Most people have dozens of online accounts, all protected by passwords. Yet passwords are low tech, can easily be hacked and are a nuisance for most people to remember. Isn’t there a better alternative? Surprisingly, the answer appears to be “not yet.”
“Passwords are the cockroaches of the Internet,” said Don Thibeau, executive director of the OpenID Foundation. “You kill one and others hop up; it is an ecosystem problem. Or as one person described it, you have to convince everyone to stop peeing in the pool.”
The continued dominance of passwords takes on renewed importance after a stolen password was used to hack into Anthem (ANTM), the second-largest U.S. health insurer, with 80 million customers. The hackers stole millions of Social Security numbers and other personal information — a far more serious threat than just credit card information.
Why Passwords Are Still the Default
Still, despite all their faults, passwords remain the easiest and most reliable way to control access to our computers, mobile phones, Internet sites and apps. The reasons are numerous:
- Passwords are free. You don’t have to pay to register them, and at most sites you can choose any password you want.
- Using passwords is cheap. Companies don’t have to equip their staff and clients with password generators.
- Passwords are simple for Web sites. They store your user name and password and can see when you log in. E-commerce sites can link your purchase to a shipping address and stored credit card information.
- Passwords are always with you. They don’t require that you carry any accessories, just that you remember them. You can use them on any computer: at home, at work, at computer kiosks during trade shows or at Internet cafes from Europe to Asia.
- Using passwords can be simple. Some computers will remember individual passwords for you. So if you work from home or keep your computer close, you can let it remember the passwords for news and social media sites but perhaps insist on keying in the password for your bank account each time you gain access it.
- Passwords are flexible. If your information has been compromised, or if you think a co-worker has been watching over your shoulder as you enter a password, you can easily change it.
- Passwords do require a little work. To secure a device, you have to create a password and store it. Many people leave the default password in place or don’t implement one at all so they can access their phone more quickly. That’s simply not smart.
The drawbacks, however, are equally numerous. Passwords are not super secure. Since most people use common words or names for passwords, hackers can run programs with 500 to 1,000 potential passwords and succeed in getting into many accounts.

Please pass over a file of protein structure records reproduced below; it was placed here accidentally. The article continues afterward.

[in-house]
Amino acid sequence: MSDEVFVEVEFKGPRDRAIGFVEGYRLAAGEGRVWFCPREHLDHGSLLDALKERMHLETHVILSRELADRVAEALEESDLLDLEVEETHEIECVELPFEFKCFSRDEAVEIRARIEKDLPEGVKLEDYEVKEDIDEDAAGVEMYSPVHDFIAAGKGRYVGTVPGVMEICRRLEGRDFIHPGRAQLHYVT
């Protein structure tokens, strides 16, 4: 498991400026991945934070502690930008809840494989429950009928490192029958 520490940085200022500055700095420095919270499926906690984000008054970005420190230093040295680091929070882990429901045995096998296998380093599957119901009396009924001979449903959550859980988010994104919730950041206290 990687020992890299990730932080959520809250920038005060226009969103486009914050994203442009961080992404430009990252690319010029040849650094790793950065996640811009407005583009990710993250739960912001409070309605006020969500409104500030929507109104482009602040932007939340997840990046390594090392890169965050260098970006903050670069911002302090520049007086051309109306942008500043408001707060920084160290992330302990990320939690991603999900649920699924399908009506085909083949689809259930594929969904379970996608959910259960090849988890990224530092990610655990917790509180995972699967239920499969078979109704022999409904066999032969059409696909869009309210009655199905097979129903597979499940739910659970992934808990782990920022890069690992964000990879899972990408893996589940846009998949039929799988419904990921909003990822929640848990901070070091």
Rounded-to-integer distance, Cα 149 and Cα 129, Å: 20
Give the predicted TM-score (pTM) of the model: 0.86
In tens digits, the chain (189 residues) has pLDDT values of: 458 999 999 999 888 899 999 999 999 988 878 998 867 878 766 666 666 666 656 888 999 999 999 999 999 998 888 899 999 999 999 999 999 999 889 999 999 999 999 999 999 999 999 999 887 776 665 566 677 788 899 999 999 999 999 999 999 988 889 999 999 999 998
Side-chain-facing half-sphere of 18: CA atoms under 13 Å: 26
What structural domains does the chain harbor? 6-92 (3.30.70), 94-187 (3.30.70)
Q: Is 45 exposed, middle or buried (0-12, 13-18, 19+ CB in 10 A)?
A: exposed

Simplicity and Complexity
Powerful programs that run millions of potential variations of words can do much more harm. Many times they don’t need to bother with complexity.CNET’s list of the most popular passwords of 2013 included 123456 and password, and ran to trustno1 and 000000.
But complex passwords are no help when a retail site, such as Target’s (TGT) or Home Depot’s (HD), doesn’t protect your information and someone gets into its systems and steals all those credentials. Things are slowly changing, however. Several leading corporations — Microsoft (MSFT) , Google (GOOG), Yahoo (YHOO), eBay’s (EBAY) PayPal unit, Orange — are moving into more sophisticated protection. Chances are good you have used this protection without realizing it.
Popular and sophisticated Web sites may ask for your user name and password, but that’s largely a formality. What they are relying on for authenticating you is your location, your IP address and your behavior. Visa (V) says it runs about 600 checks in a fraction of a second before approving a transaction. Financial sites and online stores can do the same, and their accuracy and interest increase as mobile access to the Internet grows; projections are that a large and growing percentage of Internet access is moving to mobile in 2015 and beyond.
The Future Is Still the Same, for Now
The new ways of knowing who you are online opens up new personalized services and some enticing profit opportunities. Mobile network operators can see where you are, what you have shown interest in the past and how much you have to spend. With a change in regulations, they could monetize that information by selling it to restaurants, car companies, retailers or bars much in the same way unregulated online players do today.
Even so, we seem to be stuck with passwords for the foreseeable future. “Passwords do have their problems,” admitted Kevin Haley, director of Symantec(SYMC) Security Response. “But we have a huge infrastructure in place that is dependent on the password and no clear agreement on what should replace it. While passwords have a lot of problems, I am not sure we are going to see a replacement for them anytime soon.”